Electric cars are good for energy independence and
they fit perfectly within the idealized worldview of most Canadian
conservatives. Electric cars run on electricity, which can be
generated from a variety of domestic sources such as coal, natural
gas, and nuclear power. This reduces the need for foreign oil, which
is a major concern for many conservatives. Not to mention the
abundance of lithium and cobalt present in Canada, which could be
used to create jobs and further fuel the production and maintenance
of electric cars right here at home.
They also promote free market competition. The
production and sale of electric cars is open to any company, big or
small. This allows for innovation and competition, which ultimately
benefits consumers and improves the products they buy. Additionally, the
market for electric cars is still relatively new, meaning there is
ample opportunity for new Canadian companies to enter the market and
to disrupt the established players. Opportunities for Canadian
entrepreneurs and start-ups are abundant within the electric car
market and should be encouraged and promoted by conservative leaders.
Most importantly, electric cars promote fiscal
responsibility. They require less maintenance than traditional
gasoline cars and have lower fuel costs. A normal electric car has
fewer than twenty components, compared to a traditional combustion
car, which has more than 2,000. Those are a lot of moving parts, all
of which can break and burn holes in your wallet. Electric cars could
save individuals and businesses money in the long run by
significantly reducing maintenance and repair costs.
Furthermore, electric cars produce fewer localized emissions, which would help reduce the cost of healthcare and other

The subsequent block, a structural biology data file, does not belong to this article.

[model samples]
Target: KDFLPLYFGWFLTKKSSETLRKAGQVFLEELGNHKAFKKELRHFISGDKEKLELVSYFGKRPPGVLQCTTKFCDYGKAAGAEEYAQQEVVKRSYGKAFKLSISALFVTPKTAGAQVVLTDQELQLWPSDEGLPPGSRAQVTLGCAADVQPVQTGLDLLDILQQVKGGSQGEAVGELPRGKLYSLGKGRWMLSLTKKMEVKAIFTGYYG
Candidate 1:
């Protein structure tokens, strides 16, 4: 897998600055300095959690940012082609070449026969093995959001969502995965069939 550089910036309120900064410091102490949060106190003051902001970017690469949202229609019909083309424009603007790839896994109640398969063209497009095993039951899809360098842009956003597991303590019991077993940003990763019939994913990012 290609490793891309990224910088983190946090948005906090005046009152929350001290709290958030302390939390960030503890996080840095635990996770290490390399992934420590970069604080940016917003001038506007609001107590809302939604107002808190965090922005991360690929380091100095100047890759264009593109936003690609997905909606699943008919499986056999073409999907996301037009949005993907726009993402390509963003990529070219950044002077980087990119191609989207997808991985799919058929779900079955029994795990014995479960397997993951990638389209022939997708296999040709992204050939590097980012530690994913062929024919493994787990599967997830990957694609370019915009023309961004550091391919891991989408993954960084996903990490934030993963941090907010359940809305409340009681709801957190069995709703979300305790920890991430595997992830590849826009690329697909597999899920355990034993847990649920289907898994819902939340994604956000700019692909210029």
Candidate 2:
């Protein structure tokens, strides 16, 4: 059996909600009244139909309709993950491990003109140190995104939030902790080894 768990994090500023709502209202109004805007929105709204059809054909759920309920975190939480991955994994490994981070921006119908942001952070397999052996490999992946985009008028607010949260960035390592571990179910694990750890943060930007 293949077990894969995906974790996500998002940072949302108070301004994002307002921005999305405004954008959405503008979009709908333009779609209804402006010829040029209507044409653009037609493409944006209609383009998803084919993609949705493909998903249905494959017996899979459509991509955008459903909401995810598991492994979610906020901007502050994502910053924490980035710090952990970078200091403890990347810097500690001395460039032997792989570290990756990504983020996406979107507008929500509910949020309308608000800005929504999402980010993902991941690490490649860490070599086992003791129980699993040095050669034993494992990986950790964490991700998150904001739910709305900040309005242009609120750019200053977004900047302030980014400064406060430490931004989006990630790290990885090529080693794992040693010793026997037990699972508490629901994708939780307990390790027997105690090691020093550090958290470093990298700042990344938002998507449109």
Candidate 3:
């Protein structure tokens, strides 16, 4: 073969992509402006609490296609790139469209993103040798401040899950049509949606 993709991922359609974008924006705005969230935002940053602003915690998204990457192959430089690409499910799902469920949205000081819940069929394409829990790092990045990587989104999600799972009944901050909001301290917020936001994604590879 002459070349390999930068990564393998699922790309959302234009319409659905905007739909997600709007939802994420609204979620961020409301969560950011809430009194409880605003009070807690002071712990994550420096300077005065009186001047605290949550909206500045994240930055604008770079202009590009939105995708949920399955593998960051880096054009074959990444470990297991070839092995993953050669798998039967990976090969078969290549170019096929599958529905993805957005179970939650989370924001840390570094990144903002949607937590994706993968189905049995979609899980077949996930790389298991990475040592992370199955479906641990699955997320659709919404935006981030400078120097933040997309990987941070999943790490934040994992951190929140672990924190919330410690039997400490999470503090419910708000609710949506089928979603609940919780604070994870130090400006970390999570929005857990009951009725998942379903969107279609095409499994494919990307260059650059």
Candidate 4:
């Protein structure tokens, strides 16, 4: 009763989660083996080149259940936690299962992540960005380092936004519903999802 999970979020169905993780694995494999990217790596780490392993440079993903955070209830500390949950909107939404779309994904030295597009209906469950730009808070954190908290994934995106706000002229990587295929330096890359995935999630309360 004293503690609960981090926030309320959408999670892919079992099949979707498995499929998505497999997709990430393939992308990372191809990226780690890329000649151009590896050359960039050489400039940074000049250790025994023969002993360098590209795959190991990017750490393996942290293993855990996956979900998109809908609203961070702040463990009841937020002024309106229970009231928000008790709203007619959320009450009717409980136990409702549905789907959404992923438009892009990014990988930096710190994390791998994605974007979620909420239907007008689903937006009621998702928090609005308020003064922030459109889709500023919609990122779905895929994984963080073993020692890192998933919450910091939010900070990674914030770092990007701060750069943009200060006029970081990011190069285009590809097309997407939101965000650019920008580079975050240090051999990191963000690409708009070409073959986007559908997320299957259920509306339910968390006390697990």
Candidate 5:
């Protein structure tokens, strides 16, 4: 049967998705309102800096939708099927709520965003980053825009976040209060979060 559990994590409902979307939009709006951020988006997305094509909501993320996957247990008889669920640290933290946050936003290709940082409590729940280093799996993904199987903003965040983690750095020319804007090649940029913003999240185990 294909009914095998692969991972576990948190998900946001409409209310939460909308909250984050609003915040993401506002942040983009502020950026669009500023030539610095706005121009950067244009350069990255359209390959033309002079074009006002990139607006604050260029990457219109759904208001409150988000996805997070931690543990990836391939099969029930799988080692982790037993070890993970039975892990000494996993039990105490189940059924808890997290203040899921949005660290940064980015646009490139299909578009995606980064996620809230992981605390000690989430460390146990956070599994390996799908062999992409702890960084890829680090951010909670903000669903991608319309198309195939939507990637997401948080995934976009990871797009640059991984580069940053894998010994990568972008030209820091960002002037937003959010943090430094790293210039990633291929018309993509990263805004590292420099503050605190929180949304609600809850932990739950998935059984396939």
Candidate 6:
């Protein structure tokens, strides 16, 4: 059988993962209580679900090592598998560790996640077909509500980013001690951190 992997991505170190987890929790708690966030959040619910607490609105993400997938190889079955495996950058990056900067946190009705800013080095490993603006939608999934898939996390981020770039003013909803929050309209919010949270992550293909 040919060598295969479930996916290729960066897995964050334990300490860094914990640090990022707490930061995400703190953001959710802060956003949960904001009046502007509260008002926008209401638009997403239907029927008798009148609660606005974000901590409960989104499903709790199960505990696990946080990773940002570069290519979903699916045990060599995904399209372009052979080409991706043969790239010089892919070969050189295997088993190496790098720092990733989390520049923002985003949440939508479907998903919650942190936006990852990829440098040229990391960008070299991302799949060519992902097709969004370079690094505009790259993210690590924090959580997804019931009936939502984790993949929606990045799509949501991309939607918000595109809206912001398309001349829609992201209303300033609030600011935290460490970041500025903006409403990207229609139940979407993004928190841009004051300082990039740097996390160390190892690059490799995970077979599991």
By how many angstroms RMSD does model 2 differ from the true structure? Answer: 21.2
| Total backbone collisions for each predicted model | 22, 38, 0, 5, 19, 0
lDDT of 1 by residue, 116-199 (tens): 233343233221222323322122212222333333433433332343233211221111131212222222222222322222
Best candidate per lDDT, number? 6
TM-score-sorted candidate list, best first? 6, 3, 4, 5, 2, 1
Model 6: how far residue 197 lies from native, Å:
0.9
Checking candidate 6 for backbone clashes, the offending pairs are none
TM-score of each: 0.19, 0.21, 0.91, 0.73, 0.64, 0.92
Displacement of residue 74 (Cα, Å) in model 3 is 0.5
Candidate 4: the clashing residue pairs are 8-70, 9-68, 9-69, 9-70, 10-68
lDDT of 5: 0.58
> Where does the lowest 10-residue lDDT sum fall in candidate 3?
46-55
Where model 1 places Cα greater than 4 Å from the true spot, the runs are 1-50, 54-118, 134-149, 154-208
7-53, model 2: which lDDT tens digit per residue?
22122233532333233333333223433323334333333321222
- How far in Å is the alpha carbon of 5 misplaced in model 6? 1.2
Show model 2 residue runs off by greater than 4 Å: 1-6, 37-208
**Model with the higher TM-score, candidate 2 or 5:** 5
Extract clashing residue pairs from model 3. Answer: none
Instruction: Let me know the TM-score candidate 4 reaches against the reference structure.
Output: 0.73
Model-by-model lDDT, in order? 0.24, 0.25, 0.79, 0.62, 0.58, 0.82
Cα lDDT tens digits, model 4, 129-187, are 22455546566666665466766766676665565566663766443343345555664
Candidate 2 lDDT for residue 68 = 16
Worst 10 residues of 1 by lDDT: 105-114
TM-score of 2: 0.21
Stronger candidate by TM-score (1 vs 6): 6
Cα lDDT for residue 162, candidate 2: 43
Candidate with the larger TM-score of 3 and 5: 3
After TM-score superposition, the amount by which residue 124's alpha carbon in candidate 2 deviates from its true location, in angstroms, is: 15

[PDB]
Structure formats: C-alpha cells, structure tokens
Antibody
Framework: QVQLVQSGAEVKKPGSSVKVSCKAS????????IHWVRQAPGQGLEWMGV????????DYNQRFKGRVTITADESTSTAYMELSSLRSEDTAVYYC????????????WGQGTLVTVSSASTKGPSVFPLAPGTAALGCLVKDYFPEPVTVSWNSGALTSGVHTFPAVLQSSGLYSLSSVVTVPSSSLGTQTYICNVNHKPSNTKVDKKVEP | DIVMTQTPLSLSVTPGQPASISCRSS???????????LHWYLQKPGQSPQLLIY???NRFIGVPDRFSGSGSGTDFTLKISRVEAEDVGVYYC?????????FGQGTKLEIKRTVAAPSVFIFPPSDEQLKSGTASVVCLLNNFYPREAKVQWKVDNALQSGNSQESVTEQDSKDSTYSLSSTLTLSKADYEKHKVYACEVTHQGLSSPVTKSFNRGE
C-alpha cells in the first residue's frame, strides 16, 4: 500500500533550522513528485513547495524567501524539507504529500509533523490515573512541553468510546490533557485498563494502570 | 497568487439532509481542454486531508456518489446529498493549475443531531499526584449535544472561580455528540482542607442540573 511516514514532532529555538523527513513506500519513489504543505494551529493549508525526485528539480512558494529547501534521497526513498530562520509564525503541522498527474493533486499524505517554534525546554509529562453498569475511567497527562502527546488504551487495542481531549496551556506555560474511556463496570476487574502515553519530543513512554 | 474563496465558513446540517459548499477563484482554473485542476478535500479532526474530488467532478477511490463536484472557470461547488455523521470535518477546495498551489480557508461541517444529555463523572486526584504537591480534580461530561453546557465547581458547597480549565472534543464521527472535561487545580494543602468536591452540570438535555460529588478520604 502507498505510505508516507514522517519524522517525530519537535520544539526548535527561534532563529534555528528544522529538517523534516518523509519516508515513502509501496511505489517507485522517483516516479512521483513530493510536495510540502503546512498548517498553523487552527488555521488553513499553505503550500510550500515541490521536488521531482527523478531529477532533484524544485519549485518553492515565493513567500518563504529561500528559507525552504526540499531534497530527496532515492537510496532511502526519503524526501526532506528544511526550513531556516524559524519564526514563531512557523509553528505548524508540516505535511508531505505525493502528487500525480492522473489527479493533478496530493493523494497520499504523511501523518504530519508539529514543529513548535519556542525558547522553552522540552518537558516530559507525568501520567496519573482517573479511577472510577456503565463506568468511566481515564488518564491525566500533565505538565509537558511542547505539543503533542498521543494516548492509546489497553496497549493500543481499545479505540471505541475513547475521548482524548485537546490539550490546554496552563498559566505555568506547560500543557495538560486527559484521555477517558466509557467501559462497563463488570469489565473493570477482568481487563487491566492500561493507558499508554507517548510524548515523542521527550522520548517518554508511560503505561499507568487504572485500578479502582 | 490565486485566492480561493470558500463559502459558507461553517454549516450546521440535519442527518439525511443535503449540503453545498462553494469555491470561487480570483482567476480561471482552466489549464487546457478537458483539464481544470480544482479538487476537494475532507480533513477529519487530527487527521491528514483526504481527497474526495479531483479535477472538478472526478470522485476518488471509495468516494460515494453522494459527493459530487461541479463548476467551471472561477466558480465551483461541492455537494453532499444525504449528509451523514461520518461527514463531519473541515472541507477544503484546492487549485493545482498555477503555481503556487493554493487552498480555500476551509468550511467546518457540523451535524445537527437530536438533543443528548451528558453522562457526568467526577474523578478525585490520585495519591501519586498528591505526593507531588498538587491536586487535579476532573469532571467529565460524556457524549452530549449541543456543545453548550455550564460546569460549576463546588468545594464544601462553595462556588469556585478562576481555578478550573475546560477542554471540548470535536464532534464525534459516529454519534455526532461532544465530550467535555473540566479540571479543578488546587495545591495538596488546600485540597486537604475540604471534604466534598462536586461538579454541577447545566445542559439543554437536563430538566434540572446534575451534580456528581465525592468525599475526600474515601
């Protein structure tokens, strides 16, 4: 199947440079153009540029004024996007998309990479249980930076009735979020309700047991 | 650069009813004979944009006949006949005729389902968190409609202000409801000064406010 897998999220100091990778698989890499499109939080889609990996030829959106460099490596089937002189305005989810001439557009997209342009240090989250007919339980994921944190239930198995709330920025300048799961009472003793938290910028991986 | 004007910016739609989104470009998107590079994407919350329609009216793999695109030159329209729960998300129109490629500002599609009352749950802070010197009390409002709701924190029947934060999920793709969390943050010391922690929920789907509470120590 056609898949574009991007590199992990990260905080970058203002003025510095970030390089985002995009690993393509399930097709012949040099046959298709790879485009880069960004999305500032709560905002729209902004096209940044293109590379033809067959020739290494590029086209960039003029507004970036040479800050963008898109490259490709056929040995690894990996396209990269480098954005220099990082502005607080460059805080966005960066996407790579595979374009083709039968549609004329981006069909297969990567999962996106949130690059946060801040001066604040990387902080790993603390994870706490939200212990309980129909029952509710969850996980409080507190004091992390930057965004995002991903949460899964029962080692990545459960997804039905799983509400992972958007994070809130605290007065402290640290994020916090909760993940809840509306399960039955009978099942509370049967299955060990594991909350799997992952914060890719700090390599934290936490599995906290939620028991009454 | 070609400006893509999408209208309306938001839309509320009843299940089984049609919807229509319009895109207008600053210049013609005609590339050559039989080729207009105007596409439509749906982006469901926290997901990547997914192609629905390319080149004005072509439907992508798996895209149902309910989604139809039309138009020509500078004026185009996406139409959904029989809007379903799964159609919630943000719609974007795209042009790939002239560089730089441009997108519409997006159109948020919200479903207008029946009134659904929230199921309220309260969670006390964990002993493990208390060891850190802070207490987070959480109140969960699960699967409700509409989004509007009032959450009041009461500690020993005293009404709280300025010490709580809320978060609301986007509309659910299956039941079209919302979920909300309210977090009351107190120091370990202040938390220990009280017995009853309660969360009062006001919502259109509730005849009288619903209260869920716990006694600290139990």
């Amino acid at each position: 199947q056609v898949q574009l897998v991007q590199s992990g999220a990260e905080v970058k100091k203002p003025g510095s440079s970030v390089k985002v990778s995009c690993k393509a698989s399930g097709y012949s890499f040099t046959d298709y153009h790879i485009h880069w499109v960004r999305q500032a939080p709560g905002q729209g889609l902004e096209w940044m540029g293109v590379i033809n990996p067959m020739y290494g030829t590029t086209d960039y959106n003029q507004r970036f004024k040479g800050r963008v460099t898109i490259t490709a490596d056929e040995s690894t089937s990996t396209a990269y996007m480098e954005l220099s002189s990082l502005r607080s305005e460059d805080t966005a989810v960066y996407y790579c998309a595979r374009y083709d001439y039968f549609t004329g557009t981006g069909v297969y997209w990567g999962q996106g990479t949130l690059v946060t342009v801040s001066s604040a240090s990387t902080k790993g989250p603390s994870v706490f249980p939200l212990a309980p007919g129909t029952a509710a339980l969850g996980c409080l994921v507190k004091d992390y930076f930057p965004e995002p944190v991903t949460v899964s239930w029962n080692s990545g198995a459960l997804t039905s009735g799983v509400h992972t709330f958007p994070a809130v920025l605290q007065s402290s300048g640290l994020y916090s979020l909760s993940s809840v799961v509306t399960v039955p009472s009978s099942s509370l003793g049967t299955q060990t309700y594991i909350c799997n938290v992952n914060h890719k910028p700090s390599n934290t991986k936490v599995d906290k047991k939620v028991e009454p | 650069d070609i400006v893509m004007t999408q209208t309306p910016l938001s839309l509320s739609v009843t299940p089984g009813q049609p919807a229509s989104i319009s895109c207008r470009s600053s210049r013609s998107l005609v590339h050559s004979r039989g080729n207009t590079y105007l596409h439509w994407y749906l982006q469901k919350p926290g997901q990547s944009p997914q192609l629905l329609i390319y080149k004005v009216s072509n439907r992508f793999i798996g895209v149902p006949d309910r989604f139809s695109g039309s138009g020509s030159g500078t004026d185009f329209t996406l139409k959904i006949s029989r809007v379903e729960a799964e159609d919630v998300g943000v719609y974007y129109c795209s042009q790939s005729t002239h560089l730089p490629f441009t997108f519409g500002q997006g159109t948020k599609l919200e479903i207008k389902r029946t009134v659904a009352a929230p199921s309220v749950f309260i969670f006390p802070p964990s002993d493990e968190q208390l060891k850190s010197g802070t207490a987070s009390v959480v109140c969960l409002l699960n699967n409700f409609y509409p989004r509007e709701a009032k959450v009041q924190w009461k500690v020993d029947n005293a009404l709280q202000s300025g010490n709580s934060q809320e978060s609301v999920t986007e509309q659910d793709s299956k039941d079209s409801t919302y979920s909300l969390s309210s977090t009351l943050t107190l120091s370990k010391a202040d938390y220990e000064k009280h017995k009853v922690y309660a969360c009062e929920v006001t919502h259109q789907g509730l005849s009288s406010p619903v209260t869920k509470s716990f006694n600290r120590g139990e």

expenses associated with air pollution. It has been estimated that
air pollution and airborne toxins kill upwards of four million people
around the world each year. Specifically, in Canada, there has been
growing evidence that our public healthcare system is on the brink of
total failure and cannot be sustained in its current form. Reducing
another burden might help save it.
Electric cars can also be seen as a pro-family and
pro-community. They're quiet and produce absolutely no emissions.
This means they're a better fit for suburban neighbourhoods and can
improve air quality for families living in them. They would also
reduce sound pollution. Children would no longer have to be woken up
by loud trucks and motorcycles in the middle of the night, nor would
Electric cars seem to fit every conservative's
vision for an ideal world. They create jobs, they create energy
independence and they make financial sense for families and
businesses. However, in order to embrace electric cars, conservatives
will first need to stop believing the myths.
They're Slow And Have No Speed
Electric motors have instant torque, which means
they can accelerate quickly and smoothly. Many electric cars now come
with advanced features like regenerative braking and adjustable
driving modes, which can enhance the driving experience. A Tesla
Model 3 can accelerate from zero to 60km in half the time it takes an
economy combustion car.
As the technology continues to improve, EVs will
become faster and begin to make up a majority of the sport car
industry. The global market for electric sports cars is expected to
grow from $88 billion to $232 billion in just a few short years.
They Take Forever To Charge
Charging times for electric cars have also greatly
improved in recent years. Many electric cars can now be charged to
80% in as little as 30 minutes using fast charging technology. Even
with a standard home charging station, most electric cars can be
charged overnight and be ready to go in the morning.
They Can't Handle Canadian Winters
Not only can most electric cars handle winter,